I didn’t make a specific New Year’s resolution. Not after last year, when I made the mistake of saying I’d plant a certain tree (a magnolia). It seemed simple enough until I learned that plants choose you—this was further confirmed in November when I was serendipitously given a stewartia.1
Anyway, this year I want to look at big picture. Ask simple questions like, Why am I even doing this?, and, How is it even worth it? To start, I’ve been comparing these two excerpts from a couple old gardening books (emphasis mine)…
Love your garden and work in it and let it give you what it surely will of sweetness, health, and content, and let no one feel that the benefit is all on the side of the garden, for truly you will receive more than you give, no matter how faithfully you work, and you will soon find yourself more dependent upon your garden than your garden upon you. — Louise Beebe Wilder, My Garden2
But however labour-saving you make your hobby, you will never get more out of it than you put in. Now and again it seems worth taking that extra bit of trouble that brings in its train some rather exciting result. You feel you have got somewhere. — Christopher Lloyd, The Well-Tempered Garden3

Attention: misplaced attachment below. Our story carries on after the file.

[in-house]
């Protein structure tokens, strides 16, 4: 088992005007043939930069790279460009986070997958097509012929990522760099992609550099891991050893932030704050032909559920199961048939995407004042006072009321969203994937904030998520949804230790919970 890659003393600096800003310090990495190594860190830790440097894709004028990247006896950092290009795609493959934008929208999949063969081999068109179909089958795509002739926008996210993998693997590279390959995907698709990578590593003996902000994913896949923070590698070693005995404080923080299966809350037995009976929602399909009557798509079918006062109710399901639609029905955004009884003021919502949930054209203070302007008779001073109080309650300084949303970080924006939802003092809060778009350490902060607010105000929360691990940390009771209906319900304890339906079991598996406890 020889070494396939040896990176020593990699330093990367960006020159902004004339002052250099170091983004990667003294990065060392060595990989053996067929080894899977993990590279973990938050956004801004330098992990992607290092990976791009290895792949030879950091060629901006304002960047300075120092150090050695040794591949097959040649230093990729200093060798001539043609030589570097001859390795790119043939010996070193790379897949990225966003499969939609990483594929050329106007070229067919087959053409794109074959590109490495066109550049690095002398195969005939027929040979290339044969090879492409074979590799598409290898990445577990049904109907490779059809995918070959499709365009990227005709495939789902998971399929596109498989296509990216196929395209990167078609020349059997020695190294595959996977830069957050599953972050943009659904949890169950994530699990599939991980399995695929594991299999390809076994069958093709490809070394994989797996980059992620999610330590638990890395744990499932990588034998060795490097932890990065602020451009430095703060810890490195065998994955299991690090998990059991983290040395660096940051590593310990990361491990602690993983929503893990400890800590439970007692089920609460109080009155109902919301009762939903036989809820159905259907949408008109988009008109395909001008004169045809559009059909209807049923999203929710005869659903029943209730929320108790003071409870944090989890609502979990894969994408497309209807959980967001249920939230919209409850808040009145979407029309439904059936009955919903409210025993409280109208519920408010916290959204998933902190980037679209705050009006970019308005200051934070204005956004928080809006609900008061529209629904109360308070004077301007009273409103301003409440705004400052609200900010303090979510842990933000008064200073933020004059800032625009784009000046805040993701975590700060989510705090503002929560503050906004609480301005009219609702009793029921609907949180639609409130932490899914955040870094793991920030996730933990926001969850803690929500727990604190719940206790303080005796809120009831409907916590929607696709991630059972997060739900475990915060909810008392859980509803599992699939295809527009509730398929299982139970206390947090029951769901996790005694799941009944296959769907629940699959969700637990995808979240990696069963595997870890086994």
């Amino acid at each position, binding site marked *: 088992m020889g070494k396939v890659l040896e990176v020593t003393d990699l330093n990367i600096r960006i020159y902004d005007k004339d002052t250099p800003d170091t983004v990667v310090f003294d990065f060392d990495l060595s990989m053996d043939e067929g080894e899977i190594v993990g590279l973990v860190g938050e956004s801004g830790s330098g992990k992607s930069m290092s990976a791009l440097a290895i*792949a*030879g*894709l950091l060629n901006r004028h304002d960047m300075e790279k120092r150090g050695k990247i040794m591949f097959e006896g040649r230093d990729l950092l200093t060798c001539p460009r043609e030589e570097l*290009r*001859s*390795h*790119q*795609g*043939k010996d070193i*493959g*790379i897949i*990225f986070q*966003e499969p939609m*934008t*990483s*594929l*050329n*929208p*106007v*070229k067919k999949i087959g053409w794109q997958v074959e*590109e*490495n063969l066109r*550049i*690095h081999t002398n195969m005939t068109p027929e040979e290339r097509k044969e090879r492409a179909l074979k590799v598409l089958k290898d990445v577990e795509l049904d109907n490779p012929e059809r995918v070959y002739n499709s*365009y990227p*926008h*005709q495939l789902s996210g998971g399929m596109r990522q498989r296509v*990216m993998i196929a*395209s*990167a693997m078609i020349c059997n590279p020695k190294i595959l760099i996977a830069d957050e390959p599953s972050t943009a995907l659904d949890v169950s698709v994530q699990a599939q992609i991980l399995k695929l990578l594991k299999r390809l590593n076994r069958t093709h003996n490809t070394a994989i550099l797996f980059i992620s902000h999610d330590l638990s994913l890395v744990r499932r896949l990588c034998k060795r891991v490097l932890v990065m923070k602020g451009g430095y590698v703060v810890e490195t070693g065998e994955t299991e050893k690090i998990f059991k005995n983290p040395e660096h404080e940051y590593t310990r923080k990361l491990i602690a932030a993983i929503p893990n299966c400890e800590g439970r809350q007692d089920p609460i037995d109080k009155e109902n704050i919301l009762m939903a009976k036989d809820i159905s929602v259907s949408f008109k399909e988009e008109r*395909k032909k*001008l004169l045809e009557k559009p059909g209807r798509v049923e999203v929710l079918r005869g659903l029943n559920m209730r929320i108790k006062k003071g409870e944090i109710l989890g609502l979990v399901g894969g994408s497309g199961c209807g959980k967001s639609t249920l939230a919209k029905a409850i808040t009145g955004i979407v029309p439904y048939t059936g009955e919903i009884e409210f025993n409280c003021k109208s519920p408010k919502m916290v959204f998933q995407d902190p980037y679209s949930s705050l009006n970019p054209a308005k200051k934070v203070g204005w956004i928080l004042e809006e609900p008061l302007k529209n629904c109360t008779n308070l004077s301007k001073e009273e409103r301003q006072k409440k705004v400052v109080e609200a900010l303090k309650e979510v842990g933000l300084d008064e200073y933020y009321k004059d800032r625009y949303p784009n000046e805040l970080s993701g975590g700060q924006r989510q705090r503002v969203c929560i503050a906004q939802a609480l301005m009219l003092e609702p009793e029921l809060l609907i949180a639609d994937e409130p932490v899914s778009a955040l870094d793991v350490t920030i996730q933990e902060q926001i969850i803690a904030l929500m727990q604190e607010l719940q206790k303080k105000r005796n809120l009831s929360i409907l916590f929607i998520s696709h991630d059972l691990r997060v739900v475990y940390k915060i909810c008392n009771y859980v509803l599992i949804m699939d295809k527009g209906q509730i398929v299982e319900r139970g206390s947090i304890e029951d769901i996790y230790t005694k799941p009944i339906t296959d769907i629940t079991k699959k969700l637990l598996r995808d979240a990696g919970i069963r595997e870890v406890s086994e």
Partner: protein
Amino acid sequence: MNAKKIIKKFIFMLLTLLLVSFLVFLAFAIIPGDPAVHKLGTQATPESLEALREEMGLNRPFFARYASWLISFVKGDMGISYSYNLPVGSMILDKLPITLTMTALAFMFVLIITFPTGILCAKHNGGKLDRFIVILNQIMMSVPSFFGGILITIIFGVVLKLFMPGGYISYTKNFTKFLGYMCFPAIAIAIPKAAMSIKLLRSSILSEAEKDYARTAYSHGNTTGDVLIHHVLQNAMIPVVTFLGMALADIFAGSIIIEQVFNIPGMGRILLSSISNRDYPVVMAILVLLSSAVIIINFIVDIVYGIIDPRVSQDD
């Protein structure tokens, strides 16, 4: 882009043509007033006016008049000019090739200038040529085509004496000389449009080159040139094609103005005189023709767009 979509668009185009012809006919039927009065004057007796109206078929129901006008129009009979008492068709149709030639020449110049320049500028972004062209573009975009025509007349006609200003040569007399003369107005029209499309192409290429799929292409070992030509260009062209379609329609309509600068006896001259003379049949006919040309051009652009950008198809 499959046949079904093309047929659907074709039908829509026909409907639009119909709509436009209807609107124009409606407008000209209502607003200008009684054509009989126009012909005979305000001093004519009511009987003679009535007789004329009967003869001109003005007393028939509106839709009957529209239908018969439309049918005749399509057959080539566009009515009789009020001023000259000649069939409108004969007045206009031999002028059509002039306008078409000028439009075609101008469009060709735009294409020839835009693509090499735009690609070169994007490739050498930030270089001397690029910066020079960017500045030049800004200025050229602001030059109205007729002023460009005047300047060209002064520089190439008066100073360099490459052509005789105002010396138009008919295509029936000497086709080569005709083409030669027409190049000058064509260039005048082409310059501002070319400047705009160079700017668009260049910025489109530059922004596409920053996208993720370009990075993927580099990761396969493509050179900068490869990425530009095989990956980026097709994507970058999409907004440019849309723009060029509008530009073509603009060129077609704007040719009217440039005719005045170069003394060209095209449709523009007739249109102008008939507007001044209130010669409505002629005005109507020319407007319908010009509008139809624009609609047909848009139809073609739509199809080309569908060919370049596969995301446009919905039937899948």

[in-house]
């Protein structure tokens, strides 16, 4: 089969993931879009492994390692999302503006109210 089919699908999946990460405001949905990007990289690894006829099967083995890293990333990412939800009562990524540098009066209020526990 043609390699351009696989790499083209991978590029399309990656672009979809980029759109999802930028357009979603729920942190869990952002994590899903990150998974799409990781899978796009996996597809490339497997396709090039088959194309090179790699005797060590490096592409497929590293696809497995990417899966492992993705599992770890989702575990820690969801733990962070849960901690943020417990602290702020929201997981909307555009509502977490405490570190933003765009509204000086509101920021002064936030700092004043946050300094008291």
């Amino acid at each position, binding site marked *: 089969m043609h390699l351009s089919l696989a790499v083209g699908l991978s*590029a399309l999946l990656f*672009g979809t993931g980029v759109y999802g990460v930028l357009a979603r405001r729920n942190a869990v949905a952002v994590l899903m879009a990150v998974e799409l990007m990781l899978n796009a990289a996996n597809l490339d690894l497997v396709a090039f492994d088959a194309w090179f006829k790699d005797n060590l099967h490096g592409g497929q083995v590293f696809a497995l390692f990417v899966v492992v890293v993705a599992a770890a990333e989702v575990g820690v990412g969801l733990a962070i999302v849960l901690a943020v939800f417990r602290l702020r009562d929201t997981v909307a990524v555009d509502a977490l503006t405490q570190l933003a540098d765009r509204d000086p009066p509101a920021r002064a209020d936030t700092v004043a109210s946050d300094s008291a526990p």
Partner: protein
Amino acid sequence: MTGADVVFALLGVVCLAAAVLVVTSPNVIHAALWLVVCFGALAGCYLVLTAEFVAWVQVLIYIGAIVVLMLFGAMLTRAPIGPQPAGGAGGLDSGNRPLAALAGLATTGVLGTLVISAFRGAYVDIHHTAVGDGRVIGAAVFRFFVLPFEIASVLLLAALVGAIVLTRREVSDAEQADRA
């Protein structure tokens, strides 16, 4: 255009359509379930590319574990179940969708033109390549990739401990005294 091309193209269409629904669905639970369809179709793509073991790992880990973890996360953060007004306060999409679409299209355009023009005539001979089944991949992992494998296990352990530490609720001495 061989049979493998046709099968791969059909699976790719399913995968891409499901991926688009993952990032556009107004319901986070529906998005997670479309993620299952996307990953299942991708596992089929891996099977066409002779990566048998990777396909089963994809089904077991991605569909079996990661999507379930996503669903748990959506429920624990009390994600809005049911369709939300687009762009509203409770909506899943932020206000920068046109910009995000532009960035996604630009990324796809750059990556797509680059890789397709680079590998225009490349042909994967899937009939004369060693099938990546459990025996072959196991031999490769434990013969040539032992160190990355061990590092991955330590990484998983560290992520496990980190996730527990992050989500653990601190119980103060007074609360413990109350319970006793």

Are these just two sides of the same coin? To me, Wilder is delighted and Lloyd is resigned in the struggle. Surely they both love what they do, enough so that they’ve written books on the subject. But clearly the garden’s give and take is, if not polarizing, debatable. Eventually, my own young garden will really need me. This year, I’ll try to figure out why I need it.
Hey for Effort
Do you get more out of your garden than you put in? How rewarding is the process? Tell me about it: [email protected].
A friend offered a young Stewartia psuedocamilia ‘Ballet’ while touring his yard — this was, coincidentally, the day after I added it to my wish list. It was quite a surprise, amid excellent late fall weather. We dug it up and I planted it in my backyard the following day. ↩︎